Finally Bought a Real Oscilloscope

An oscilloscope has been on my workbench wish list for years. I had been limping along with a degraded DSO-138 kit, occasionally wishing for something with more channels, or more bandwidth, or just the ability to measure voltage levels accurately. The key word being occasionally. I haven’t felt that I would use an oscilloscope enough to justify the expense. But when this year’s Amazon Prime Day rolled around, the memory of deciphering multi-channel signals was fresh on my mind, and I clicked “Buy” on a Siglent Technologies SDS1104X-E Oscilloscope. (*)

I had actually been eyeing a Rigol DS1054z(*), which had become a very popular entry-level oscilloscope for hobbyists. It is sold far and wide including my favorite vendor Adafruit, and its popularity meant plenty of online resources. From basic beginner’s “Getting Started” guides to hacks for unlocking features. Ah yes, those features. They were a big part of why I hadn’t bought the Rigol: it really sours me on a company when they would hold features for ransom even though all of the hardware is already present. Sure, I could visit questionable websites and generate codes to unlock those features without paying for them, but just the idea of buying from a company that would do such a thing turned me off.

While the Siglent oscilloscope did have a few paid upgrade features, they all involved additional hardware not already onboard. This made the concept more palatable for me. For reference, they were:

  • WiFi capability. The scope comes with an Ethernet port for network connectivity. Wireless comes at extra cost for the software upgrade in addition to the cost of a supported wireless adapter. I prefer wired Ethernet so I did not care.
  • AWG (arbitrary waveform generator) capability requires extra hardware in the form of Siglent SAG1021I. (~$175 *) So far, my waveform generation needs have been very basic. So basic, in fact, that I wrote a HTML app to cover my needs. I don’t think I’ll miss this feature.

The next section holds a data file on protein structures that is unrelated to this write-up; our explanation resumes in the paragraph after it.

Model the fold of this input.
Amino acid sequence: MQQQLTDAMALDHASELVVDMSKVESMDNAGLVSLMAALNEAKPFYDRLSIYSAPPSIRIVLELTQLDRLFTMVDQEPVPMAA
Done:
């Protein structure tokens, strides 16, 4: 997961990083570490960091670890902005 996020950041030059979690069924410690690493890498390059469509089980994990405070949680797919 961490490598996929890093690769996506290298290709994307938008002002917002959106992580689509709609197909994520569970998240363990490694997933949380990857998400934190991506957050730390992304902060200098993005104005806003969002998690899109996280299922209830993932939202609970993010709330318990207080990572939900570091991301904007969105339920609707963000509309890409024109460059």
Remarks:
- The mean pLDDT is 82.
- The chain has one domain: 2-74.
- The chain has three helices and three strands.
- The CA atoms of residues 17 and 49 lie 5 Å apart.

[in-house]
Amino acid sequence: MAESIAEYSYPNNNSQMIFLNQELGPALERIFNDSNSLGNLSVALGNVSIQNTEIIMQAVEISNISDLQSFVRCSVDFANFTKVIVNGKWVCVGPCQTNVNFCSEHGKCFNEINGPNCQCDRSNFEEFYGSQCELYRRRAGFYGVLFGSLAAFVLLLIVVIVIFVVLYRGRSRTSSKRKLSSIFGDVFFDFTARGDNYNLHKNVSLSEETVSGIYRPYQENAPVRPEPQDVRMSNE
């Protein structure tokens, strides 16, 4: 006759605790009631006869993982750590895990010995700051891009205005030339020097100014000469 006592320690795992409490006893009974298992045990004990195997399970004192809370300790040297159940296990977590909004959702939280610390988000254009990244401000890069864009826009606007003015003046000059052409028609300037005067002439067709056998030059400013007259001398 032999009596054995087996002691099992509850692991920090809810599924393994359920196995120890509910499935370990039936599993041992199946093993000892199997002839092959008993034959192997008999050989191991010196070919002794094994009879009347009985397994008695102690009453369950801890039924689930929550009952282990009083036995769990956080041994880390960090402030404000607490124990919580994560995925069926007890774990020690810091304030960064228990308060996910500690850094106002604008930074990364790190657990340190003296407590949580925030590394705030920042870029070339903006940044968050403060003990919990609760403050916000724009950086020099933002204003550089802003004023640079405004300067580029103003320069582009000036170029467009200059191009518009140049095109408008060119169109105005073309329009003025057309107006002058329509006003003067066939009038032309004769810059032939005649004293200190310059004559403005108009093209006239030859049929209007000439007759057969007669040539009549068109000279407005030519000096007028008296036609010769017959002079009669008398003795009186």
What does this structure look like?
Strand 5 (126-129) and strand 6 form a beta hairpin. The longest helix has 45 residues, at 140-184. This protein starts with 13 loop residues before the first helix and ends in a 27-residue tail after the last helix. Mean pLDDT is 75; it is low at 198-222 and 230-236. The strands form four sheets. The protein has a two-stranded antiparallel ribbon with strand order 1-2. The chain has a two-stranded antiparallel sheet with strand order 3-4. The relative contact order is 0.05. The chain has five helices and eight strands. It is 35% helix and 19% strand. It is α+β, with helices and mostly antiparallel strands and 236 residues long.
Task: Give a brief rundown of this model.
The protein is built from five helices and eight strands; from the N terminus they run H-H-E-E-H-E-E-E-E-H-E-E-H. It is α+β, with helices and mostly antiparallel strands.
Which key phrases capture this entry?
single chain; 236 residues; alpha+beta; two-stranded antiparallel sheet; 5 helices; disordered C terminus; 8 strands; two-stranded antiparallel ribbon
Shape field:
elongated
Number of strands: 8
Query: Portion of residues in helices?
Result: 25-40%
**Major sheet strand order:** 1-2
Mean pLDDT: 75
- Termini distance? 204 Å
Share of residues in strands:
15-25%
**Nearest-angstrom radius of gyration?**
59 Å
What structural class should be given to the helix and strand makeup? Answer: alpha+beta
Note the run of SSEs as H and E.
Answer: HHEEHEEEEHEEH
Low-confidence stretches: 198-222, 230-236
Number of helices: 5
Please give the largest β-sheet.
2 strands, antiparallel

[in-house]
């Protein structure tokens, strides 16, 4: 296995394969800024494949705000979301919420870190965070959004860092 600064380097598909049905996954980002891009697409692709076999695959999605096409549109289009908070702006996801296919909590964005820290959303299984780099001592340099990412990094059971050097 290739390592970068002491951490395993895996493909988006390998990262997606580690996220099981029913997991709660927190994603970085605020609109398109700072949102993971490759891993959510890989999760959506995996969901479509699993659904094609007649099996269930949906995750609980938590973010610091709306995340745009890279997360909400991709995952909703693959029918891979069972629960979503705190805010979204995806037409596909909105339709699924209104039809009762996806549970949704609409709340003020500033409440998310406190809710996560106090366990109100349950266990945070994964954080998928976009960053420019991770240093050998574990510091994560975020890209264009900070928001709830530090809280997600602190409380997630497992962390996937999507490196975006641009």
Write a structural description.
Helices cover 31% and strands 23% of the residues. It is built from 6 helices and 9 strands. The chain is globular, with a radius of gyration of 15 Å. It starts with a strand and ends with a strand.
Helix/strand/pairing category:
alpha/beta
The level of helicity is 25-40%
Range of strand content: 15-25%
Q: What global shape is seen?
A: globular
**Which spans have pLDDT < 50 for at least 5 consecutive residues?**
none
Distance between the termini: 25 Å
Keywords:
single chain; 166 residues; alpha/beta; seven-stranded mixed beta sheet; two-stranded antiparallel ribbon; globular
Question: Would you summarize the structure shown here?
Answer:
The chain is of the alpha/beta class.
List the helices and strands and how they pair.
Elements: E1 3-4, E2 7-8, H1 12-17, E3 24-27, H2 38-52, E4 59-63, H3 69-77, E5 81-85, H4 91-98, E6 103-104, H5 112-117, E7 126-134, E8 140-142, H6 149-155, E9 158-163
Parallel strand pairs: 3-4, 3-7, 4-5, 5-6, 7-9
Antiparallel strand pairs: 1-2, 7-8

• MSO (multi-signal oscilloscope) capability requires a Siglent SLA1016 (~$330 *) which adds sixteen additional digital channels for logic analysis. Between the four channels already on board the oscilloscope (which already has logic analyzer functionality without paying to unlock as would a Rigol) and eight channels on my Saleae, I think I’ll be fine without the MSO add-on.

One thing that made me frown was that the AWG and MSO addons connect by something Siglent called “SBus”. Proprietary expansion ports are nothing new, but they chose to use a HDMI connector for the purpose. With a warning that plugging in actual HDMI devices would damage the oscilloscope. Gah! I see the economic advantage of using an existing high bandwidth connector already produced at high volume, but the resulting user experience sucks. Since I don’t plan on making any SBus upgrades, I will try my best to ignore that not-HDMI port.

This oscilloscope cost more than a Rigol DS1054z, though it is technically cheaper because many of Rigol’s paid add-ons were on the Siglent without extra charge. The Prime Day discount closed the price gap enough for me. Once it arrived, I dug into the manual eager to learn about my first real oscilloscope.


(*) Disclosure: As an Amazon Associate I earn from qualifying purchases.

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